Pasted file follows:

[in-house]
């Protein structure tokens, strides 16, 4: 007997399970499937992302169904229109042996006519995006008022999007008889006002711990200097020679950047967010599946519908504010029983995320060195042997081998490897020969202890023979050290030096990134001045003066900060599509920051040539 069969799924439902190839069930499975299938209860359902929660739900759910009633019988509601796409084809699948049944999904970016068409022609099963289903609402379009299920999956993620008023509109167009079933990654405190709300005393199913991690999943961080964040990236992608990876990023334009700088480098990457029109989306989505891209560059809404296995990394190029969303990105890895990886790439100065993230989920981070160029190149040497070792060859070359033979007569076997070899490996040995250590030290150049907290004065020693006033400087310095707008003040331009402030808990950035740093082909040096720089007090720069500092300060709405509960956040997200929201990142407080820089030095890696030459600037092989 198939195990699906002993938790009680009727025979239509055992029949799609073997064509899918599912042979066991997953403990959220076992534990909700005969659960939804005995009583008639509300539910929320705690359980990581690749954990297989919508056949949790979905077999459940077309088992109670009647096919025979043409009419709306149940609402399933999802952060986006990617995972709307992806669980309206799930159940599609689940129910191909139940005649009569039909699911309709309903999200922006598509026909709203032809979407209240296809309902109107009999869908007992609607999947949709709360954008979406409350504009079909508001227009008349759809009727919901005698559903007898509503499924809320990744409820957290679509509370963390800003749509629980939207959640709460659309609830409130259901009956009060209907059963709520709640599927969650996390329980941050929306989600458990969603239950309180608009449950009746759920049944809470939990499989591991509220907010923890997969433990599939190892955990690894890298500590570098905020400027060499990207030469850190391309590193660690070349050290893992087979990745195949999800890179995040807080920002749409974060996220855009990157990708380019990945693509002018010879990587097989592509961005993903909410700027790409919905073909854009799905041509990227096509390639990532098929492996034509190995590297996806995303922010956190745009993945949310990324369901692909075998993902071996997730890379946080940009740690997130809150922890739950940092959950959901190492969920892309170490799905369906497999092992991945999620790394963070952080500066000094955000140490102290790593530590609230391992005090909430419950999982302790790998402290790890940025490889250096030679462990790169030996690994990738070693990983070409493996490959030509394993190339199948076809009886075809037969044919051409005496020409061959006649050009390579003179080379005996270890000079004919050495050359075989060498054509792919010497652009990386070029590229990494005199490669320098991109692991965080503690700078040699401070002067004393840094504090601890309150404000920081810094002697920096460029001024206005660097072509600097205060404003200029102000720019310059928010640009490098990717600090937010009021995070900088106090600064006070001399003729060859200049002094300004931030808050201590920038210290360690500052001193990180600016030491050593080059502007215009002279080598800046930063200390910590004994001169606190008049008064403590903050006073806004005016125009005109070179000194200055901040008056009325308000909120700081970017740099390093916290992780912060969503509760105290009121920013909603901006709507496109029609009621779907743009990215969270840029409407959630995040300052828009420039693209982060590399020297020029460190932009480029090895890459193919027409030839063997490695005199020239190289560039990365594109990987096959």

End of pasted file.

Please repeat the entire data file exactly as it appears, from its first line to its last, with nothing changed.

[in-house]
């Protein structure tokens, strides 16, 4: 007997399970499937992302169904229109042996006519995006008022999007008889006002711990200097020679950047967010599946519908504010029983995320060195042997081998490897020969202890023979050290030096990134001045003066900060599509920051040539 069969799924439902190839069930499975299938209860359902929660739900759910009633019988509601796409084809699948049944999904970016068409022609099963289903609402379009299920999956993620008023509109167009079933990654405190709300005393199913991690999943961080964040990236992608990876990023334009700088480098990457029109989306989505891209560059809404296995990394190029969303990105890895990886790439100065993230989920981070160029190149040497070792060859070359033979007569076997070899490996040995250590030290150049907290004065020693006033400087310095707008003040331009402030808990950035740093082909040096720089007090720069500092300060709405509960956040997200929201990142407080820089030095890696030459600037092989 198939195990699906002993938790009680009727025979239509055992029949799609073997064509899918599912042979066991997953403990959220076992534990909700005969659960939804005995009583008639509300539910929320705690359980990581690749954990297989919508056949949790979905077999459940077309088992109670009647096919025979043409009419709306149940609402399933999802952060986006990617995972709307992806669980309206799930159940599609689940129910191909139940005649009569039909699911309709309903999200922006598509026909709203032809979407209240296809309902109107009999869908007992609607999947949709709360954008979406409350504009079909508001227009008349759809009727919901005698559903007898509503499924809320990744409820957290679509509370963390800003749509629980939207959640709460659309609830409130259901009956009060209907059963709520709640599927969650996390329980941050929306989600458990969603239950309180608009449950009746759920049944809470939990499989591991509220907010923890997969433990599939190892955990690894890298500590570098905020400027060499990207030469850190391309590193660690070349050290893992087979990745195949999800890179995040807080920002749409974060996220855009990157990708380019990945693509002018010879990587097989592509961005993903909410700027790409919905073909854009799905041509990227096509390639990532098929492996034509190995590297996806995303922010956190745009993945949310990324369901692909075998993902071996997730890379946080940009740690997130809150922890739950940092959950959901190492969920892309170490799905369906497999092992991945999620790394963070952080500066000094955000140490102290790593530590609230391992005090909430419950999982302790790998402290790890940025490889250096030679462990790169030996690994990738070693990983070409493996490959030509394993190339199948076809009886075809037969044919051409005496020409061959006649050009390579003179080379005996270890000079004919050495050359075989060498054509792919010497652009990386070029590229990494005199490669320098991109692991965080503690700078040699401070002067004393840094504090601890309150404000920081810094002697920096460029001024206005660097072509600097205060404003200029102000720019310059928010640009490098990717600090937010009021995070900088106090600064006070001399003729060859200049002094300004931030808050201590920038210290360690500052001193990180600016030491050593080059502007215009002279080598800046930063200390910590004994001169606190008049008064403590903050006073806004005016125009005109070179000194200055901040008056009325308000909120700081970017740099390093916290992780912060969503509760105290009121920013909603901006709507496109029609009621779907743009990215969270840029409407959630995040300052828009420039693209982060590399020297020029460190932009480029090895890459193919027409030839063997490695005199020239190289560039990365594109990987096959």